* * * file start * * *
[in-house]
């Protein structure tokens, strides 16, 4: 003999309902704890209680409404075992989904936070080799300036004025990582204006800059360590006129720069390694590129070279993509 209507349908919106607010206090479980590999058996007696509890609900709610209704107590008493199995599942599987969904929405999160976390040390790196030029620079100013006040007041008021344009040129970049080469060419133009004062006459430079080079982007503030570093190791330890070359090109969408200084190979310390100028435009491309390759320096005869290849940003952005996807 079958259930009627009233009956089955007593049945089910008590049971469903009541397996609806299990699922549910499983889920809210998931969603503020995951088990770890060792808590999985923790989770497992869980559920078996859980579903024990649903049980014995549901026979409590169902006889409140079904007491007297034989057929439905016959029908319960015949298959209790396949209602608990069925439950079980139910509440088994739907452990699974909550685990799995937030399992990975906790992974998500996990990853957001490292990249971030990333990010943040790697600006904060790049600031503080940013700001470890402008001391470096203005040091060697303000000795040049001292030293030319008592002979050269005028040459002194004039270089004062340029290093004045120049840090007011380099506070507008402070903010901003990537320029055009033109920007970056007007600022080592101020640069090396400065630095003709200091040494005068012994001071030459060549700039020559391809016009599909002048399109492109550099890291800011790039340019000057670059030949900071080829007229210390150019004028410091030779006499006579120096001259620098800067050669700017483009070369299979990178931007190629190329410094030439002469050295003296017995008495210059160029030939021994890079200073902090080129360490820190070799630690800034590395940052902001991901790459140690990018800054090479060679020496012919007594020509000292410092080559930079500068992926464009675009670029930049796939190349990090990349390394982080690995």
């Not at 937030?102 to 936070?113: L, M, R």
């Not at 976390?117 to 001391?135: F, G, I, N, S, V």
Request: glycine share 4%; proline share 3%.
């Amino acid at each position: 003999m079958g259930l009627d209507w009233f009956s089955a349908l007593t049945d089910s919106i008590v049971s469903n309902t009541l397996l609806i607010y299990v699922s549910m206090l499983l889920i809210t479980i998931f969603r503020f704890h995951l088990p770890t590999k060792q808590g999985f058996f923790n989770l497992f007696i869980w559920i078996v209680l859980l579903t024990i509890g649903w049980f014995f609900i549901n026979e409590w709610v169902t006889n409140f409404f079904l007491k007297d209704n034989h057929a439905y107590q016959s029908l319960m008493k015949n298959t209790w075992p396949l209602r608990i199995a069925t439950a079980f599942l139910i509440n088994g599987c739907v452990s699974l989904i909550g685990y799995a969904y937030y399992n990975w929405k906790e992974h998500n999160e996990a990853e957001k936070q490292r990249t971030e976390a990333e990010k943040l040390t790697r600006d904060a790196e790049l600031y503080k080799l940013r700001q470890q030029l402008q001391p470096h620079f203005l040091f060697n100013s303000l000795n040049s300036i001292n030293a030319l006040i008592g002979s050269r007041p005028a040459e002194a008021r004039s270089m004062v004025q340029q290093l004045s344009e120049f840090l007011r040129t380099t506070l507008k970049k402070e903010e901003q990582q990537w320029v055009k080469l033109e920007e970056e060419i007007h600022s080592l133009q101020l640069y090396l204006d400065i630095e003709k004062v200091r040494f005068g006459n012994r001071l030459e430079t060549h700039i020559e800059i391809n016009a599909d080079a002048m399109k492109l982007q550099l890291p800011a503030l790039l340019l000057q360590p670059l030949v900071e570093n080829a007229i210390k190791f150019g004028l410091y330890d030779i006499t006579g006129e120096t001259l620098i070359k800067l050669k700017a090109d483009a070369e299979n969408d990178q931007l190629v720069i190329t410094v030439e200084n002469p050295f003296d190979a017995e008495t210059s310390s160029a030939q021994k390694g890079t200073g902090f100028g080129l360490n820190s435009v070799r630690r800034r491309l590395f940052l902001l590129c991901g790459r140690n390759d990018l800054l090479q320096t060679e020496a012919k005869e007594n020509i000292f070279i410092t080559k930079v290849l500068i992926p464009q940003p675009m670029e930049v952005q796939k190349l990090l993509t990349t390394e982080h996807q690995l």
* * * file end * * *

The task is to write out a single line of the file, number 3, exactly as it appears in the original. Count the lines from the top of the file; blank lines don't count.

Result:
């Not at 937030?102 to 936070?113: L, M, R």